Comments on: How to protect New York from disaster http://blogs.reuters.com/felix-salmon/2012/09/11/how-to-protect-new-york-from-disaster/ A slice of lime in the soda Sun, 26 Oct 2014 19:05:02 +0000 hourly 1 http://wordpress.org/?v=4.2.5 By: bryanX http://blogs.reuters.com/felix-salmon/2012/09/11/how-to-protect-new-york-from-disaster/comment-page-1/#comment-43093 Thu, 13 Sep 2012 21:07:04 +0000 https://blogs.reuters.com/felix-salmon/?p=17467#comment-43093 When Irene came shooting up the Harbor, just such a scenario was possible.
Had the storm slowed down or altered course in such a way to intensify/prolong the surge, far more damage would have occurred. “Missed it by THAT much.”
That was the shot across the bow. No one seems to have taken notice.
Haven taken 6 inches of flooding in my apartment due to underground storm surge (that’s water surging through the ground from the nearby harbor), I am not likely to forget any time soon. At least we didn’t get sewage or 3-foot-deep flooding like some of our neighbors did.
If you really want to scare the hell out of yourself, look into earthquake scenarios. Thousands of unreinforced masonry buildings throughout the city. Brooklyn sitting on a “glacial moraine”, essentially a loose jangly pile of rocks left over from the last ice age. It only takes a shaker of about 5 to 6 on the Richter scale to trigger the worst disaster this country has ever seen: liquefaction, collapsed buildings, extreme catastrophe.
Luckily the frequency of such an event around here is every 300-600 years.
It could happen tomorrow or not for a few hundred years. No one knows, we won’t see it coming, and there’s no way to properly prepare for it.
Do you feel lucky?

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By: GRRR http://blogs.reuters.com/felix-salmon/2012/09/11/how-to-protect-new-york-from-disaster/comment-page-1/#comment-43046 Wed, 12 Sep 2012 01:30:48 +0000 https://blogs.reuters.com/felix-salmon/?p=17467#comment-43046 Felix, with a rising ocean level, it won’t matter if you added a trillion square feet of green roofs and bioswales (by the way, for an example of sidewalk bioswales, see: http://goo.gl/ks7cL).

Green roofs and bioswales mitigate the need to expand sewer capacity and storm overflow, first and foremost. Because they divert storm water into natural filtration and slow the process of rain water flow, they buffer a lot of storm-induced river flooding.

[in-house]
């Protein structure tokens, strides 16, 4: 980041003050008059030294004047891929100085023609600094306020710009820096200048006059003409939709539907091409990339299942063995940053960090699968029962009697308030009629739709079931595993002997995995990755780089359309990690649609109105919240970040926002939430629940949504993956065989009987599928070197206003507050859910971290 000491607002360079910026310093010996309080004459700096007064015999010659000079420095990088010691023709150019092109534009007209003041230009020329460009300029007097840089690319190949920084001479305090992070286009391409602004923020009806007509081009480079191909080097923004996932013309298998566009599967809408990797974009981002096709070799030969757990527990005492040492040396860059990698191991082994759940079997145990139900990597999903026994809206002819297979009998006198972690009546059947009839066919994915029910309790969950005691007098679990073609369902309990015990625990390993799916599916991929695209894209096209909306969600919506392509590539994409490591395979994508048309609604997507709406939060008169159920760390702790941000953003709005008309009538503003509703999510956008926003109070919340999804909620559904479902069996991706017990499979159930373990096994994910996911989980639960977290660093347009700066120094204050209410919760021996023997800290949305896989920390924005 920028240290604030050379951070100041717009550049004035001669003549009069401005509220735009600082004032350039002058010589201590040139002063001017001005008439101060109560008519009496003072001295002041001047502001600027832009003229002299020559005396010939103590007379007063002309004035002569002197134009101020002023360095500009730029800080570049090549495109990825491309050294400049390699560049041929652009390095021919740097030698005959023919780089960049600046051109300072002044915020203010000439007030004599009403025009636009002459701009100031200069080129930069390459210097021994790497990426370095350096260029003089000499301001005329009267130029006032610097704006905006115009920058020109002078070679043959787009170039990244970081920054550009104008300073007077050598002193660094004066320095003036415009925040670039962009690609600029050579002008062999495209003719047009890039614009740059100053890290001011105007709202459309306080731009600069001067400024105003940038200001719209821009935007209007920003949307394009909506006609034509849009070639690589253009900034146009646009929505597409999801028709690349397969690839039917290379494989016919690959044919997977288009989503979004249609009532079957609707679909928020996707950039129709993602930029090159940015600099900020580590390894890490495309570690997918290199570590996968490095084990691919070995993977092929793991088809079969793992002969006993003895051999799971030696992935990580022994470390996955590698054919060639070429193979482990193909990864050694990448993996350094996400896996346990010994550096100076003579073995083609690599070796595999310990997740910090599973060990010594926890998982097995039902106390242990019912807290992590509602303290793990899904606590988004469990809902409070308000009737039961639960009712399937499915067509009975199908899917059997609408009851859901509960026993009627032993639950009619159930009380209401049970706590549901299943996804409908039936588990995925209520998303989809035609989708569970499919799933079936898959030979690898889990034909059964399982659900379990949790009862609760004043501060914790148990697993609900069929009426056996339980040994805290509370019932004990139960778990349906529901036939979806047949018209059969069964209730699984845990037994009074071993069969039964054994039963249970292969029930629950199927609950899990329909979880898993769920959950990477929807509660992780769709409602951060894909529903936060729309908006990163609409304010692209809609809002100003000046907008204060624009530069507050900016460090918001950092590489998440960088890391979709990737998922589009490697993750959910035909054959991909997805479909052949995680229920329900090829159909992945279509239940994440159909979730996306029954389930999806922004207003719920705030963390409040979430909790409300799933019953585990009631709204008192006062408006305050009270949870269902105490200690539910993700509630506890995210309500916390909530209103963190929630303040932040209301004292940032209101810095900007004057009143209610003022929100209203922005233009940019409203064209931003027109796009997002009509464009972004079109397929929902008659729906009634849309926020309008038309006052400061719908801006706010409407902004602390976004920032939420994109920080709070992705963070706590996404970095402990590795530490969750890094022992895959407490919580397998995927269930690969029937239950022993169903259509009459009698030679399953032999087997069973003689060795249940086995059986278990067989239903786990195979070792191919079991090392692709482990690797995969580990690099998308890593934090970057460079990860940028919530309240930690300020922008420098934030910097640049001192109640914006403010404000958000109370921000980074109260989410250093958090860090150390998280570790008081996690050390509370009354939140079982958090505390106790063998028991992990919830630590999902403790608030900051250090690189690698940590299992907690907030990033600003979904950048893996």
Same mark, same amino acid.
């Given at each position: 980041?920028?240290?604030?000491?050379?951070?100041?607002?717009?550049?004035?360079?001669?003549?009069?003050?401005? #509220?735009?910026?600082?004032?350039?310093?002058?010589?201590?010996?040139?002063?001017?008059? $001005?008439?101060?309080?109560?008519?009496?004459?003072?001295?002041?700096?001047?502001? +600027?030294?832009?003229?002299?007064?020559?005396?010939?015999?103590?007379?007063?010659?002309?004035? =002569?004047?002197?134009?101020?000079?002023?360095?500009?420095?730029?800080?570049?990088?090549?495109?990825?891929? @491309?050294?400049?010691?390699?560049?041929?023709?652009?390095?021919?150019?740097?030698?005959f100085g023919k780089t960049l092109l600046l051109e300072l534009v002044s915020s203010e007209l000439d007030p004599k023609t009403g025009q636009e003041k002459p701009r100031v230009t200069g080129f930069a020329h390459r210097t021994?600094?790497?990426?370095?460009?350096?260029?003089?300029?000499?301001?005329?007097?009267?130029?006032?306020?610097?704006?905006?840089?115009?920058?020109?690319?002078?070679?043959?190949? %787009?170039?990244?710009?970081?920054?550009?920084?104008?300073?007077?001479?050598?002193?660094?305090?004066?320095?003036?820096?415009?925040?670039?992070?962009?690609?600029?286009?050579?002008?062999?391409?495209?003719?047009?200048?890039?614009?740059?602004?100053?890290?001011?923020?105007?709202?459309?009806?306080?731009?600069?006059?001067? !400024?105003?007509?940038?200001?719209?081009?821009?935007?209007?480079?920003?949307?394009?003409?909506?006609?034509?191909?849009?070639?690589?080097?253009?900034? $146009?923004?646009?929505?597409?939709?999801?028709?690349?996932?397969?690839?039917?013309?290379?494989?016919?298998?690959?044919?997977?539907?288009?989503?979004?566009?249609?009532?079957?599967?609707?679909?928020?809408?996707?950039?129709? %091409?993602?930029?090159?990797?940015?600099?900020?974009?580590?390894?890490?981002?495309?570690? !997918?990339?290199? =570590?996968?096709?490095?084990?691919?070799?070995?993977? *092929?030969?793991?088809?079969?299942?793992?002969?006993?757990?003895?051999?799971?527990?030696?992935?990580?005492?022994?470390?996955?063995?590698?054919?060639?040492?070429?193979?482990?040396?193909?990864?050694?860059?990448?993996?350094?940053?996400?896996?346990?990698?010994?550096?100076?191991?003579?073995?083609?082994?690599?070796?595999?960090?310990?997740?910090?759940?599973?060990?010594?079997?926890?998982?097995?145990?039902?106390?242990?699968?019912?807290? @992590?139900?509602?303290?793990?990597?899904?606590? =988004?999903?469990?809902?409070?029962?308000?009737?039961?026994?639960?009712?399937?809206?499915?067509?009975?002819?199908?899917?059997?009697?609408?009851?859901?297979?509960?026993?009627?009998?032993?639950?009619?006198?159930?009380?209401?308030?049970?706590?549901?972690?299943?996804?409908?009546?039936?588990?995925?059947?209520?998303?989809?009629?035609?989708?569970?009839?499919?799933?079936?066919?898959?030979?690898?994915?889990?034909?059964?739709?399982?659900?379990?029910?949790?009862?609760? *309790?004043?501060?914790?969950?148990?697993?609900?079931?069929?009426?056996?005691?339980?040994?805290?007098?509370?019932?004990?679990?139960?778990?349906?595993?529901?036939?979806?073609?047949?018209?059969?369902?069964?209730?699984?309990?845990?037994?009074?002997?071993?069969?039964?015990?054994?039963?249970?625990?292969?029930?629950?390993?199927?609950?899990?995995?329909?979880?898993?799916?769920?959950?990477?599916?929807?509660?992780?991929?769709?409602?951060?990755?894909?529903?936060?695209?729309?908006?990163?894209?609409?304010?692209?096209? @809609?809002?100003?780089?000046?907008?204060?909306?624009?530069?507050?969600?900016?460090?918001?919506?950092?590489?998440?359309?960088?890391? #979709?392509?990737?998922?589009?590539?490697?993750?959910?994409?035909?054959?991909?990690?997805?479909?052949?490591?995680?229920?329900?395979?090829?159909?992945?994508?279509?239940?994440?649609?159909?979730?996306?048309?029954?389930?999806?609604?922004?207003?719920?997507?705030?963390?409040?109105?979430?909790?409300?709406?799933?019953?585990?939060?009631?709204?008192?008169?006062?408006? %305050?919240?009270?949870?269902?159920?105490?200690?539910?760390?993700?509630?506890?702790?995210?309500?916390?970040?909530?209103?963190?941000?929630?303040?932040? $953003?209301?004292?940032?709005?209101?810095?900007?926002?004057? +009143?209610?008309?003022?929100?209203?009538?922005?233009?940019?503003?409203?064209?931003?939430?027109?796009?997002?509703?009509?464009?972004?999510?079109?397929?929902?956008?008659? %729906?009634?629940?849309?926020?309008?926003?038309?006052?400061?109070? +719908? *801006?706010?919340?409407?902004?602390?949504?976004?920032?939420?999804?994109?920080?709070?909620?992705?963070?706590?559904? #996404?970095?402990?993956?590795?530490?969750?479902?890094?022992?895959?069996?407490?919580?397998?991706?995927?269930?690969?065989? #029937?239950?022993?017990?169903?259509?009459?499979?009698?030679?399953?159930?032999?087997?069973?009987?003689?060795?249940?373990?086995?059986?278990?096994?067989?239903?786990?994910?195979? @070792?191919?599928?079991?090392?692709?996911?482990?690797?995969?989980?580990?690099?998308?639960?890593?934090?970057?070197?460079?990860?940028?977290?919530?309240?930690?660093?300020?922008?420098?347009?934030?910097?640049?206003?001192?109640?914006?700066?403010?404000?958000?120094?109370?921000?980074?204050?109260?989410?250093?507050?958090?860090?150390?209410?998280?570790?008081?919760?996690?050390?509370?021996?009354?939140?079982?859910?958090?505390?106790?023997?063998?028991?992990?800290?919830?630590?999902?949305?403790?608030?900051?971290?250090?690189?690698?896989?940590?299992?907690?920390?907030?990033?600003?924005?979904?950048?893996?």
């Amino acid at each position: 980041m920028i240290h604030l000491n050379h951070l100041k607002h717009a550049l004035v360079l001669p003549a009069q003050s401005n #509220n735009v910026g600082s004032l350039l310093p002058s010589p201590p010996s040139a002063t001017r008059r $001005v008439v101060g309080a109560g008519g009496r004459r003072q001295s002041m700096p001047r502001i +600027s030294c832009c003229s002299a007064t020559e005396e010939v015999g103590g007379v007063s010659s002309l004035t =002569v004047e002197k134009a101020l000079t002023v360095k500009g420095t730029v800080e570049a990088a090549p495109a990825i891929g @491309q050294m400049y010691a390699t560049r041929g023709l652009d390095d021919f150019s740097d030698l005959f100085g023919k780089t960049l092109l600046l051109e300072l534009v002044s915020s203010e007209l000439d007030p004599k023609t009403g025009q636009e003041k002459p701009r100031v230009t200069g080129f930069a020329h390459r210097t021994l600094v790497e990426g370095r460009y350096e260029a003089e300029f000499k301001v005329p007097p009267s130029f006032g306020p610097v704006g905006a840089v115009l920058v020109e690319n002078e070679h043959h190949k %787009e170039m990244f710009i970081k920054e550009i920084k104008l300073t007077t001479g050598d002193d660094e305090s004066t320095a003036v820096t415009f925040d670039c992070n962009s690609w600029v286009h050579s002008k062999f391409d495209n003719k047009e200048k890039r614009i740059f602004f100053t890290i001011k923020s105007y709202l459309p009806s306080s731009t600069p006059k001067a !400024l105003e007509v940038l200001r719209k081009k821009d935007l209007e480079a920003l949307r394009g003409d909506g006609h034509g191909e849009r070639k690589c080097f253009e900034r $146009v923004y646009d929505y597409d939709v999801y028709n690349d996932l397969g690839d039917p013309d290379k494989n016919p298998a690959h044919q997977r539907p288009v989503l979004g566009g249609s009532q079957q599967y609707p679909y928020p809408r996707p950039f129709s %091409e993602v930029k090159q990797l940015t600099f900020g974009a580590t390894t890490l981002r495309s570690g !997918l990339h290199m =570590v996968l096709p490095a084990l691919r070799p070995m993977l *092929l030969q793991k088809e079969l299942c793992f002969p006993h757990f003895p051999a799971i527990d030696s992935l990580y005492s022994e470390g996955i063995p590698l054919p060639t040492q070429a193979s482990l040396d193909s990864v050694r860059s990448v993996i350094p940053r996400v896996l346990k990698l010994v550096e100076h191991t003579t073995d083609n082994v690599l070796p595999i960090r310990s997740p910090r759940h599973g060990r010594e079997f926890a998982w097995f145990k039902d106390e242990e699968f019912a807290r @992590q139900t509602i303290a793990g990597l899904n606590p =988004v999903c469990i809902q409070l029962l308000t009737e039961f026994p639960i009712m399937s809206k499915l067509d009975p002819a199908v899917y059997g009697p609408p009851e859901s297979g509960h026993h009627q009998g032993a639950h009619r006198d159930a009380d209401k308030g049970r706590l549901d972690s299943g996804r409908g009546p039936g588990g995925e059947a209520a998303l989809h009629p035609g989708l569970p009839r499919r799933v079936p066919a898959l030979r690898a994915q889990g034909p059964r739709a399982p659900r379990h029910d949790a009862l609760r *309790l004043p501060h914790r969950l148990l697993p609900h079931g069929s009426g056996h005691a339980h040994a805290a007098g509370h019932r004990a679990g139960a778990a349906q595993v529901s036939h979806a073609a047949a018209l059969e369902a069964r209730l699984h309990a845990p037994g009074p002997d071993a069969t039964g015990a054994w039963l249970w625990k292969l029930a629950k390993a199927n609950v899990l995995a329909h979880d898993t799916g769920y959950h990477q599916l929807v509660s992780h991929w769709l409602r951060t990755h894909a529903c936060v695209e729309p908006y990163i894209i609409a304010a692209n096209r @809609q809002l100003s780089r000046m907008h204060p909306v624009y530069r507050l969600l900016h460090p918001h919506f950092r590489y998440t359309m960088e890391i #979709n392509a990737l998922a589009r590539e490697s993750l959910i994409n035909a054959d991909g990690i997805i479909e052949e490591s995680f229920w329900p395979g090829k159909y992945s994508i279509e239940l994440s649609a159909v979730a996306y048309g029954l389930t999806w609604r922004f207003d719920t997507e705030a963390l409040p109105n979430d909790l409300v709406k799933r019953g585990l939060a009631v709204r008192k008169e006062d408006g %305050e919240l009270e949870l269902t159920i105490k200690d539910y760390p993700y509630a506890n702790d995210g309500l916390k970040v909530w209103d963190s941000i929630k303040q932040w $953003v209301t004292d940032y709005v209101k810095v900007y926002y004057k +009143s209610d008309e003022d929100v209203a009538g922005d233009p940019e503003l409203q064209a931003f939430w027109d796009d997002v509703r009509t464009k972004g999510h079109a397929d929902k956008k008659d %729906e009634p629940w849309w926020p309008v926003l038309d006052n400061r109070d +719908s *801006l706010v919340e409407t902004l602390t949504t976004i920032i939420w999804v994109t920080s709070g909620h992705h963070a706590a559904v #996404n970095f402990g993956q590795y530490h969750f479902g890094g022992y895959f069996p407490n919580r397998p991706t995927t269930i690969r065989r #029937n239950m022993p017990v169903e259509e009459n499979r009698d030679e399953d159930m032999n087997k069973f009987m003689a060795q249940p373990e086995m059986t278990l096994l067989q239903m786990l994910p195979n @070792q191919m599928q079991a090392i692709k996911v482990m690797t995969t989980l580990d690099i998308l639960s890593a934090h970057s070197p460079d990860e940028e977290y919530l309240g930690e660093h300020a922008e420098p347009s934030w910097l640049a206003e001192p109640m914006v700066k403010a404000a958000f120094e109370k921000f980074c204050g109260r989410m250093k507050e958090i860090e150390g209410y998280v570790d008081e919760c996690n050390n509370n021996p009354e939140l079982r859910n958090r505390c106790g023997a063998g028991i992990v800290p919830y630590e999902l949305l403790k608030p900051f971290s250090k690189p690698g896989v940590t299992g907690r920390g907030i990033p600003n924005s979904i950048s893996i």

But in a hurricane or as a result of global warming, a rising ocean with salt water would end up killing most of the plants in these bioswales. And the sheer amount of water would simply overwhelm the bioswales. You saw what happened when the tsunami hit Japan; it’s almost the same thing — a higher, localized ocean level (whether from a storm surge or a tsunami) cannot be mitigated, even if you had a million acres of farmland. The tsunami sea wall was their best hope, but it was too short.

If NYC is like most other cities in the US, then combined sewer overflow goes directly into a major body of water. Bioswales and green roofs help stop storm water from entering and overloading the sewer system which in turn prevents untreated sewage from being dumped. But what happens when the water table is so high (from either a storm surge or global warming), as to push that sewer water backwards? You’ve seen it occasionally but you might expect to see it with greater frequency in the future: crap flows backwards and up into homes.

A sea wall is only just the beginning.

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By: GRRR http://blogs.reuters.com/felix-salmon/2012/09/11/how-to-protect-new-york-from-disaster/comment-page-1/#comment-43045 Wed, 12 Sep 2012 01:25:22 +0000 https://blogs.reuters.com/felix-salmon/?p=17467#comment-43045 Felix, with a rising ocean level, it won’t matter if you added a trillion square feet of green roofs and bioswales (by the way, for an example of sidewalk bioswales, see: http://goo.gl/ks7cL).

Green roofs and bioswales mitigate the need to expand sewer capacity and storm overflow, first and foremost. Because they divert storm water into natural filtration and slow the process of rain water flow, they buffer a lot of storm-induced river flooding.

But in a hurricane or as a result of global warming, a rising ocean with salt water would end up killing most of the plants in these bioswales. And the sheer amount of water would simply overwhelm the bioswales. You saw what happened when the tsunami hit Japan; it’s almost the same thing — a higher, localized ocean level (whether from a storm surge or a tsunami) cannot be mitigated, even if you had a million acres of farmland. The tsunami sea wall was their best hope, but it was too short.

If NYC is like most other cities in the US, then combined sewer overflow goes directly into a major body of water. Bioswales and green roofs help stop storm water from entering and overloading the sewer system which in turn prevents untreated sewage from being dumped. But what happens when the water table is so high (from either a storm surge or global warming), as to push that sewer water backwards? You’ve seen it occasionally but you might expect to see it with greater frequency in the future: crap flows backwards and up into homes.

A sea wall is only just the beginning.

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By: Curmudgeon http://blogs.reuters.com/felix-salmon/2012/09/11/how-to-protect-new-york-from-disaster/comment-page-1/#comment-43031 Tue, 11 Sep 2012 20:55:23 +0000 https://blogs.reuters.com/felix-salmon/?p=17467#comment-43031 >>I’m a little bit unclear myself on exactly what those are, but they sound very green.

Ah, you’re being very tongue-in-cheek here, right? If not, my respect for you just went down several notches.

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